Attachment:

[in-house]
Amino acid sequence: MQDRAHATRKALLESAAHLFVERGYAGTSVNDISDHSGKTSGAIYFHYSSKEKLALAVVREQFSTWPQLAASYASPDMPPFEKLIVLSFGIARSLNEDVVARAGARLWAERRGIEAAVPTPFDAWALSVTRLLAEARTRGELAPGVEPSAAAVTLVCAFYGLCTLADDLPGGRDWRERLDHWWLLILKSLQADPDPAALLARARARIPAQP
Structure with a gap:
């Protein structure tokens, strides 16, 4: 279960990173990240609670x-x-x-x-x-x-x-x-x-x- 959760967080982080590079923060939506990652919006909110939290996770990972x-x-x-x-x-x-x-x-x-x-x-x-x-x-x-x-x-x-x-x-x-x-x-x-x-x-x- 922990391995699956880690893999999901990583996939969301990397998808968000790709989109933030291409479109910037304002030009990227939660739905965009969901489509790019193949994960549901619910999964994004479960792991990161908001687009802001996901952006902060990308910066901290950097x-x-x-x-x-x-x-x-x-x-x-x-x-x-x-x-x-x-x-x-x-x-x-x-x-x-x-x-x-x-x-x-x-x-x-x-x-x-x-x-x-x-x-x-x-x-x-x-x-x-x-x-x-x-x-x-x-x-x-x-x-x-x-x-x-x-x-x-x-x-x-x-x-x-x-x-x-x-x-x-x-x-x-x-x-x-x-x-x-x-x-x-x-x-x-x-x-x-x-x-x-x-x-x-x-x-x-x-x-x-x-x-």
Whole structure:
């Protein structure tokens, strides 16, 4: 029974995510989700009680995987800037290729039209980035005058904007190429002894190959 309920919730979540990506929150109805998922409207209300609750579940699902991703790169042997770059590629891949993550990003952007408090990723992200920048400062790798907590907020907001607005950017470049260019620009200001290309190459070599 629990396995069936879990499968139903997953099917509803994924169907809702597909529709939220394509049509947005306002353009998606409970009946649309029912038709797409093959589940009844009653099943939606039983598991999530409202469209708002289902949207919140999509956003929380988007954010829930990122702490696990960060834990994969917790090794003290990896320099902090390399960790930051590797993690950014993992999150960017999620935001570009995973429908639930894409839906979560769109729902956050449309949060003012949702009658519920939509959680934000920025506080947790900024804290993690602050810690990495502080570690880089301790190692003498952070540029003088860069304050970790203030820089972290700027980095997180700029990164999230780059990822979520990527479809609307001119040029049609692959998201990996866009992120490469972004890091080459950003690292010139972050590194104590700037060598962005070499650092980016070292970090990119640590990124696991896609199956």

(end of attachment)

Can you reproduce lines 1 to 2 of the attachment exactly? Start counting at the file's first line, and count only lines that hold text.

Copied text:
[in-house]
Amino acid sequence: MQDRAHATRKALLESAAHLFVERGYAGTSVNDISDHSGKTSGAIYFHYSSKEKLALAVVREQFSTWPQLAASYASPDMPPFEKLIVLSFGIARSLNEDVVARAGARLWAERRGIEAAVPTPFDAWALSVTRLLAEARTRGELAPGVEPSAAAVTLVCAFYGLCTLADDLPGGRDWRERLDHWWLLILKSLQADPDPAALLARARARIPAQP